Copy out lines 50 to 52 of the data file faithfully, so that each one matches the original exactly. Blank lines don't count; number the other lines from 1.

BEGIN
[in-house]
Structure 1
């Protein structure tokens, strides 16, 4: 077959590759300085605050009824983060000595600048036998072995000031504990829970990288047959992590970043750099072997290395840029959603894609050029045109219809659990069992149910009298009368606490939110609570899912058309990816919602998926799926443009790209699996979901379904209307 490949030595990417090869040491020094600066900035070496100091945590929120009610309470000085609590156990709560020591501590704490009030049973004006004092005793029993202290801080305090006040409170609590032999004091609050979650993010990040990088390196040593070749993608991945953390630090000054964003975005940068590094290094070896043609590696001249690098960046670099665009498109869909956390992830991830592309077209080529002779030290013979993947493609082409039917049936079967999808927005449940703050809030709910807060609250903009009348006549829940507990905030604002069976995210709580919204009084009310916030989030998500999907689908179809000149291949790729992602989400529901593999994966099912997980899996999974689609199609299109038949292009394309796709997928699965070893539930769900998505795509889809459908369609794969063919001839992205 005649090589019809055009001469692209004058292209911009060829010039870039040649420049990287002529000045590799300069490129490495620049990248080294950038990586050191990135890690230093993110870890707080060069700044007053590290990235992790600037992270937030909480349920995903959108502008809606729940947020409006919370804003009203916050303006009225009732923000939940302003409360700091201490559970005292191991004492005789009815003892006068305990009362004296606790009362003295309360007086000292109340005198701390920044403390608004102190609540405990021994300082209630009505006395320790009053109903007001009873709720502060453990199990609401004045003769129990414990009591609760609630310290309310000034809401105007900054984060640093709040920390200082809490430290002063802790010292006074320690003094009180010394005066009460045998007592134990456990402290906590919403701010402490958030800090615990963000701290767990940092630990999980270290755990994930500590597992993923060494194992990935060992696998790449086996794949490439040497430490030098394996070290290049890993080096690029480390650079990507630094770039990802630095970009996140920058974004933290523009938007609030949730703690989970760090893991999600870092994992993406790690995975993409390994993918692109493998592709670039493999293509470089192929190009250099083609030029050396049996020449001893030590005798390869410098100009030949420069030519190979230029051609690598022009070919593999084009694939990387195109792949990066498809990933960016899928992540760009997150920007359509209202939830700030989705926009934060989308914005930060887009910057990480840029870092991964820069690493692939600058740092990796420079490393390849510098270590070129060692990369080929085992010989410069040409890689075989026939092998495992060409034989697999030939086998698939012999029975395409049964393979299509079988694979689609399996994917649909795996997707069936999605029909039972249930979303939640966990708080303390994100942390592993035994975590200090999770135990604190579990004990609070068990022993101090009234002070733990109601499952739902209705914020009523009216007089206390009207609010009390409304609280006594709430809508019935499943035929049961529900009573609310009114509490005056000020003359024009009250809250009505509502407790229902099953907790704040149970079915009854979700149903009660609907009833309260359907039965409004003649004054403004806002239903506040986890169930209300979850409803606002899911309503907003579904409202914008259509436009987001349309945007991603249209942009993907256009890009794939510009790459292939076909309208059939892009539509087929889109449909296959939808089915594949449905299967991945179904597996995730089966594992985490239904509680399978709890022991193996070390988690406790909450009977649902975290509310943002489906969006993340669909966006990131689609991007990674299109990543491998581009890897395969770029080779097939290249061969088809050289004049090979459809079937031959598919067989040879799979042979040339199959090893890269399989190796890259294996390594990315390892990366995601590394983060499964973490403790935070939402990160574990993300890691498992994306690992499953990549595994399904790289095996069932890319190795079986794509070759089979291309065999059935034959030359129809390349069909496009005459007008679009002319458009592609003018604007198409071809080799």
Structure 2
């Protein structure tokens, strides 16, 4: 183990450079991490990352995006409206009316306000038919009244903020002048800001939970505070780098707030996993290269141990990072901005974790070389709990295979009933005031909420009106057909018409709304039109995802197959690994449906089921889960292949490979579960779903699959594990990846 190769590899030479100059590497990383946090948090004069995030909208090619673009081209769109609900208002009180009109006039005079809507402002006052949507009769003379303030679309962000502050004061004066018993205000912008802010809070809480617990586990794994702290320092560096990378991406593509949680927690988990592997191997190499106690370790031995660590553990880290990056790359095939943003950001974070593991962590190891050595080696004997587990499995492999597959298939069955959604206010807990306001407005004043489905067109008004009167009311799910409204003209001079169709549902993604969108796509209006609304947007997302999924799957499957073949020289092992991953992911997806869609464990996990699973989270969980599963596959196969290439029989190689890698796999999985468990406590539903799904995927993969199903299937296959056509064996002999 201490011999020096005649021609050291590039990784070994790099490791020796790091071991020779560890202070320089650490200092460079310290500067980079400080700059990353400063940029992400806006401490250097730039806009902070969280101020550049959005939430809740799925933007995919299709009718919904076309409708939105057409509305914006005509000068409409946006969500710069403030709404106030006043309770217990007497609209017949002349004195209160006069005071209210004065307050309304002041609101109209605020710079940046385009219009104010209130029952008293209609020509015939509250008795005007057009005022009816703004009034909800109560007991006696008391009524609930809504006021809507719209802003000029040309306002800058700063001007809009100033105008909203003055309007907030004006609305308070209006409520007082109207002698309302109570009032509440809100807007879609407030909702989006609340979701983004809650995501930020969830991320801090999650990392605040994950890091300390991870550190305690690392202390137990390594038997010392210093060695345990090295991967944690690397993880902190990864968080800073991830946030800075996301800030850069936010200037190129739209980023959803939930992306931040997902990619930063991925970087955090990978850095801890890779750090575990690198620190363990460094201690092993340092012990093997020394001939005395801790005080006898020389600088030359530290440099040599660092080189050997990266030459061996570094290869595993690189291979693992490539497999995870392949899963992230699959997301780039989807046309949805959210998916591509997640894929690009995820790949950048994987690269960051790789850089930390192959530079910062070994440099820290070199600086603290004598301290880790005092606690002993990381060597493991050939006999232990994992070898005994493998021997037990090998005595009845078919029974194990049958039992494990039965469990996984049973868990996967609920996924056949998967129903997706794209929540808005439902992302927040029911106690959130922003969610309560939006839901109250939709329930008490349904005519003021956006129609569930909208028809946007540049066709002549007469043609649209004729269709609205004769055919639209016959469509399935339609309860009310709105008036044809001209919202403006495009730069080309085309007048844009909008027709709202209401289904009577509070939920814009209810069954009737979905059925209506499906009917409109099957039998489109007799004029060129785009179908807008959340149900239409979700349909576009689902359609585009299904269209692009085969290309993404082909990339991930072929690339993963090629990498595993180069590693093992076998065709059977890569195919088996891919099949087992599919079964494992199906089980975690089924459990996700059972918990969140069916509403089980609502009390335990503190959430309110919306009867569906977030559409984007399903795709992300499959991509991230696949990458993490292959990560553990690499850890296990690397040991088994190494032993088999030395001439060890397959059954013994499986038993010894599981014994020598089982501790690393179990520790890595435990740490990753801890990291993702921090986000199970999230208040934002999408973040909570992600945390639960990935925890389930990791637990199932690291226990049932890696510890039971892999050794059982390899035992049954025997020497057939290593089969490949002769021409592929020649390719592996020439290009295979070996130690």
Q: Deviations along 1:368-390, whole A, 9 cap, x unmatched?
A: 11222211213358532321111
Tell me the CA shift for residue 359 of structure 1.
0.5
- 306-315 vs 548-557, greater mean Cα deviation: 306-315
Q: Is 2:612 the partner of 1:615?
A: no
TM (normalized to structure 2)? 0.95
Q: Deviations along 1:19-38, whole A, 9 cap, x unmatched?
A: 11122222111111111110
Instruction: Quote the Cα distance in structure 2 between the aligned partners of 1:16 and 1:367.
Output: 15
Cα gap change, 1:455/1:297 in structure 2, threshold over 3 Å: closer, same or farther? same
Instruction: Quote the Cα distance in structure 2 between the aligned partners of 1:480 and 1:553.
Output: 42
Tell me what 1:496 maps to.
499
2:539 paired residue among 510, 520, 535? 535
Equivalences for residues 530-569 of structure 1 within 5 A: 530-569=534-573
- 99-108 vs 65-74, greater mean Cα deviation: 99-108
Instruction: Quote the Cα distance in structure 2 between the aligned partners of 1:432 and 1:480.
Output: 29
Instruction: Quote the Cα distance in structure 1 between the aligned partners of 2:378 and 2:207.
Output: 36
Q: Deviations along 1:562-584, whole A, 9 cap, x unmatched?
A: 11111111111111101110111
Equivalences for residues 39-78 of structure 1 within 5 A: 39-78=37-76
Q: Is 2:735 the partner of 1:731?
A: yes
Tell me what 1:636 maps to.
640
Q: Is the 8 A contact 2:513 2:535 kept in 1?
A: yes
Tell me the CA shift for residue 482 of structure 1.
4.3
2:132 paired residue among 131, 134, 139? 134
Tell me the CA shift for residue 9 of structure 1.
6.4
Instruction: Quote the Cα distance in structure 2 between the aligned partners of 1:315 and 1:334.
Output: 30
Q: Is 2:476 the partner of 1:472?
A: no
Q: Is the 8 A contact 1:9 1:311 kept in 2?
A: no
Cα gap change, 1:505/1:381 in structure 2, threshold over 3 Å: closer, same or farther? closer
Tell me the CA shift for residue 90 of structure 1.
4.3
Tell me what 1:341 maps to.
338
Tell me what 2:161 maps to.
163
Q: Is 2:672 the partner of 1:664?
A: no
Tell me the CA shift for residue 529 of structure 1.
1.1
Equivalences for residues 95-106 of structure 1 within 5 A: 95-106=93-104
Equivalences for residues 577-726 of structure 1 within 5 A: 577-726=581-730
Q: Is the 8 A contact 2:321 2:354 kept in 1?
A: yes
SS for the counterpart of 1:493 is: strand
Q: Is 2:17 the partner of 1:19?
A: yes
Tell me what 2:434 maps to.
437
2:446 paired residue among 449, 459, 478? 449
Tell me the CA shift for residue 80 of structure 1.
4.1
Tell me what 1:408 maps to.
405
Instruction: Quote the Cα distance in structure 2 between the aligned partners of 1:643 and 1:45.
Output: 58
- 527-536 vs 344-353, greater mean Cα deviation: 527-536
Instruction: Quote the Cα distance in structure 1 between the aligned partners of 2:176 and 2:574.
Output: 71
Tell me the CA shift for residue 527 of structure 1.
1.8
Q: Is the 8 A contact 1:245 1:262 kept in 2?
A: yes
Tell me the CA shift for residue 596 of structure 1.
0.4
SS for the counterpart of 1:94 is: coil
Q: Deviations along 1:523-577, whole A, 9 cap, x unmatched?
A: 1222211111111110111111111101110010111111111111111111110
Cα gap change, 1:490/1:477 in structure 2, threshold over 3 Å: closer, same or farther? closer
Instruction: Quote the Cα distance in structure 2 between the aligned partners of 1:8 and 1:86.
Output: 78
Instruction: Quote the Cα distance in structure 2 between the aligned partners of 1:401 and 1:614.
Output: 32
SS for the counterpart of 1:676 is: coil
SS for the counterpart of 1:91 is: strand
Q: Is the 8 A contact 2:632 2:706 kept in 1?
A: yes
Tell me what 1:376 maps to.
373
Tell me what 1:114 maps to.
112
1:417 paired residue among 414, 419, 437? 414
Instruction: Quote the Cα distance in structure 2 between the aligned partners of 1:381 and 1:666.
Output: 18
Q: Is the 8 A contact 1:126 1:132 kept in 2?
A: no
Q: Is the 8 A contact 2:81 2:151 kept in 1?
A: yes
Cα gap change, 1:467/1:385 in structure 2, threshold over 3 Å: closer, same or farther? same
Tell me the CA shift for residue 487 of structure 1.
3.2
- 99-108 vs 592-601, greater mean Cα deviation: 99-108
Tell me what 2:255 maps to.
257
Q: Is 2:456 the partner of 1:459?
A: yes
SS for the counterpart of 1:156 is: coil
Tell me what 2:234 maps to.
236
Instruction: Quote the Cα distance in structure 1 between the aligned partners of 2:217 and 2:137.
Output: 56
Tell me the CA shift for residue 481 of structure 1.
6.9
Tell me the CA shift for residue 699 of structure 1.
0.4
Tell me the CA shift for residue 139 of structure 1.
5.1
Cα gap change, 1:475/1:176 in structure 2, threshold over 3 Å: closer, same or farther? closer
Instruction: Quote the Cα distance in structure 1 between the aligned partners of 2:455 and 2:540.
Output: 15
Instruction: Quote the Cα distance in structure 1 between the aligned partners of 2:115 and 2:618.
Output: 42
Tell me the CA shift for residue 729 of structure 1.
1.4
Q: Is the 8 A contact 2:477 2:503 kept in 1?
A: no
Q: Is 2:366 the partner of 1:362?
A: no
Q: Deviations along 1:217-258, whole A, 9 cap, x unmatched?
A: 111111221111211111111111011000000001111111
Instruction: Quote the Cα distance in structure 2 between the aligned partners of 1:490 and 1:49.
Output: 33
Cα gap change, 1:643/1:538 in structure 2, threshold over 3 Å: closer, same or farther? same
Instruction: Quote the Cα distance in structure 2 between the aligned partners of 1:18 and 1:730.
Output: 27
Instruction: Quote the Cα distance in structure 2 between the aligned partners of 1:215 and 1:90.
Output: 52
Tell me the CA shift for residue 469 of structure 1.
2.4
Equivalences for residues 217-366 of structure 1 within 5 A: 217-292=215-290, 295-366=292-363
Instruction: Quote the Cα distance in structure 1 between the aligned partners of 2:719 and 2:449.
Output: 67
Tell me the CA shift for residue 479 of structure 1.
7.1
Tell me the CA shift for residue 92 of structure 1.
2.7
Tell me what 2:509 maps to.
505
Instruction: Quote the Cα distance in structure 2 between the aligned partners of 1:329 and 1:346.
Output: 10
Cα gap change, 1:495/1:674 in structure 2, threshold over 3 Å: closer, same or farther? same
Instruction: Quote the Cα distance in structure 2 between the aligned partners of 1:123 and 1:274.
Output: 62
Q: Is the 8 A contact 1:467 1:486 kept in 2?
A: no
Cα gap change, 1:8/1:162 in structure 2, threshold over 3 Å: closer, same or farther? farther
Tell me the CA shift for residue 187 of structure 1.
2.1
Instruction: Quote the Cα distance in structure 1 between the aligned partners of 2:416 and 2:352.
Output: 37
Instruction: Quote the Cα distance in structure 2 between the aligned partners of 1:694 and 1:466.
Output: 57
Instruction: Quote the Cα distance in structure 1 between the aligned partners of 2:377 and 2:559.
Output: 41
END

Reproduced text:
Cα gap change, 1:505/1:381 in structure 2, threshold over 3 Å: closer, same or farther? closer
Tell me the CA shift for residue 90 of structure 1.
4.3